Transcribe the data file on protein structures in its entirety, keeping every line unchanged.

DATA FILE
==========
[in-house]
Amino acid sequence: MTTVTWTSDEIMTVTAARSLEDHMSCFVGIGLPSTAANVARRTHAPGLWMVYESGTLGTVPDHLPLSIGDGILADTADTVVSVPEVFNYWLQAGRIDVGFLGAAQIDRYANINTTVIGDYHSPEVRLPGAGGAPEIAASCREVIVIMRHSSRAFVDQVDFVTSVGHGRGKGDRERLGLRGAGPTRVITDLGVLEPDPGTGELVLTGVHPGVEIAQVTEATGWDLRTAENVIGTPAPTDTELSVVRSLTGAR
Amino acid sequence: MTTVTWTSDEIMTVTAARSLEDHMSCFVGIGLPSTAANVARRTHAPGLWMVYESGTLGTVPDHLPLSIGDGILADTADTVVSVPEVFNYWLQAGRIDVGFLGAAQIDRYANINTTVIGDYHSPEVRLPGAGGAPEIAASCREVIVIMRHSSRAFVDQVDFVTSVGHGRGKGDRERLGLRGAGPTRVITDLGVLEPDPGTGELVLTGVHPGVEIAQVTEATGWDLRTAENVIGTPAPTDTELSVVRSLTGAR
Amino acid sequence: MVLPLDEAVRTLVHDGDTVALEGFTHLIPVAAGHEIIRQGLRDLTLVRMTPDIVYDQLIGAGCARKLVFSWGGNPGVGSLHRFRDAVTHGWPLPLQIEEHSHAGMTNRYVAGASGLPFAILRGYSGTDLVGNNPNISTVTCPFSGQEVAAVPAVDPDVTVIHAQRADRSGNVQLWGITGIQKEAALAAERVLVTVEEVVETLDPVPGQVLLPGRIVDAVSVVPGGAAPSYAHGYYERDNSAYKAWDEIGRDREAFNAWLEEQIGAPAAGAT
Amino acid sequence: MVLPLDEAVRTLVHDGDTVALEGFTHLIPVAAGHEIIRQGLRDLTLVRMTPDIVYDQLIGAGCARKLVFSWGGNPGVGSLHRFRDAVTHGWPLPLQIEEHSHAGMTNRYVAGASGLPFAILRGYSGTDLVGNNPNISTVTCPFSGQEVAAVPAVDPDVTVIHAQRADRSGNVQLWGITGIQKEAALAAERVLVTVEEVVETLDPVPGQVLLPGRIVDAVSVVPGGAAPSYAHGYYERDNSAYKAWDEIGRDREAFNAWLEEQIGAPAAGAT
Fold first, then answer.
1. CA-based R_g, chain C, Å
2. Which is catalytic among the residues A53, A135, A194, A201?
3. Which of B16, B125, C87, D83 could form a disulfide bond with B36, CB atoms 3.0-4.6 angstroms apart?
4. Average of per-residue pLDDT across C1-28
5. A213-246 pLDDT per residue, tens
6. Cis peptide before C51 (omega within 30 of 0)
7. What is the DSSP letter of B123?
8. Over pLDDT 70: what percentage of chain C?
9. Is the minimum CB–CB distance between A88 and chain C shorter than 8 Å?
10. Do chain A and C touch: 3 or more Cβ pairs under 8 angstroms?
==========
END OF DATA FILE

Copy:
[in-house]
Amino acid sequence: MTTVTWTSDEIMTVTAARSLEDHMSCFVGIGLPSTAANVARRTHAPGLWMVYESGTLGTVPDHLPLSIGDGILADTADTVVSVPEVFNYWLQAGRIDVGFLGAAQIDRYANINTTVIGDYHSPEVRLPGAGGAPEIAASCREVIVIMRHSSRAFVDQVDFVTSVGHGRGKGDRERLGLRGAGPTRVITDLGVLEPDPGTGELVLTGVHPGVEIAQVTEATGWDLRTAENVIGTPAPTDTELSVVRSLTGAR
Amino acid sequence: MTTVTWTSDEIMTVTAARSLEDHMSCFVGIGLPSTAANVARRTHAPGLWMVYESGTLGTVPDHLPLSIGDGILADTADTVVSVPEVFNYWLQAGRIDVGFLGAAQIDRYANINTTVIGDYHSPEVRLPGAGGAPEIAASCREVIVIMRHSSRAFVDQVDFVTSVGHGRGKGDRERLGLRGAGPTRVITDLGVLEPDPGTGELVLTGVHPGVEIAQVTEATGWDLRTAENVIGTPAPTDTELSVVRSLTGAR
Amino acid sequence: MVLPLDEAVRTLVHDGDTVALEGFTHLIPVAAGHEIIRQGLRDLTLVRMTPDIVYDQLIGAGCARKLVFSWGGNPGVGSLHRFRDAVTHGWPLPLQIEEHSHAGMTNRYVAGASGLPFAILRGYSGTDLVGNNPNISTVTCPFSGQEVAAVPAVDPDVTVIHAQRADRSGNVQLWGITGIQKEAALAAERVLVTVEEVVETLDPVPGQVLLPGRIVDAVSVVPGGAAPSYAHGYYERDNSAYKAWDEIGRDREAFNAWLEEQIGAPAAGAT
Amino acid sequence: MVLPLDEAVRTLVHDGDTVALEGFTHLIPVAAGHEIIRQGLRDLTLVRMTPDIVYDQLIGAGCARKLVFSWGGNPGVGSLHRFRDAVTHGWPLPLQIEEHSHAGMTNRYVAGASGLPFAILRGYSGTDLVGNNPNISTVTCPFSGQEVAAVPAVDPDVTVIHAQRADRSGNVQLWGITGIQKEAALAAERVLVTVEEVVETLDPVPGQVLLPGRIVDAVSVVPGGAAPSYAHGYYERDNSAYKAWDEIGRDREAFNAWLEEQIGAPAAGAT
Fold first, then answer.
1. CA-based R_g, chain C, Å
2. Which is catalytic among the residues A53, A135, A194, A201?
3. Which of B16, B125, C87, D83 could form a disulfide bond with B36, CB atoms 3.0-4.6 angstroms apart?
4. Average of per-residue pLDDT across C1-28
5. A213-246 pLDDT per residue, tens
6. Cis peptide before C51 (omega within 30 of 0)
7. What is the DSSP letter of B123?
8. Over pLDDT 70: what percentage of chain C?
9. Is the minimum CB–CB distance between A88 and chain C shorter than 8 Å?
10. Do chain A and C touch: 3 or more Cβ pairs under 8 angstroms?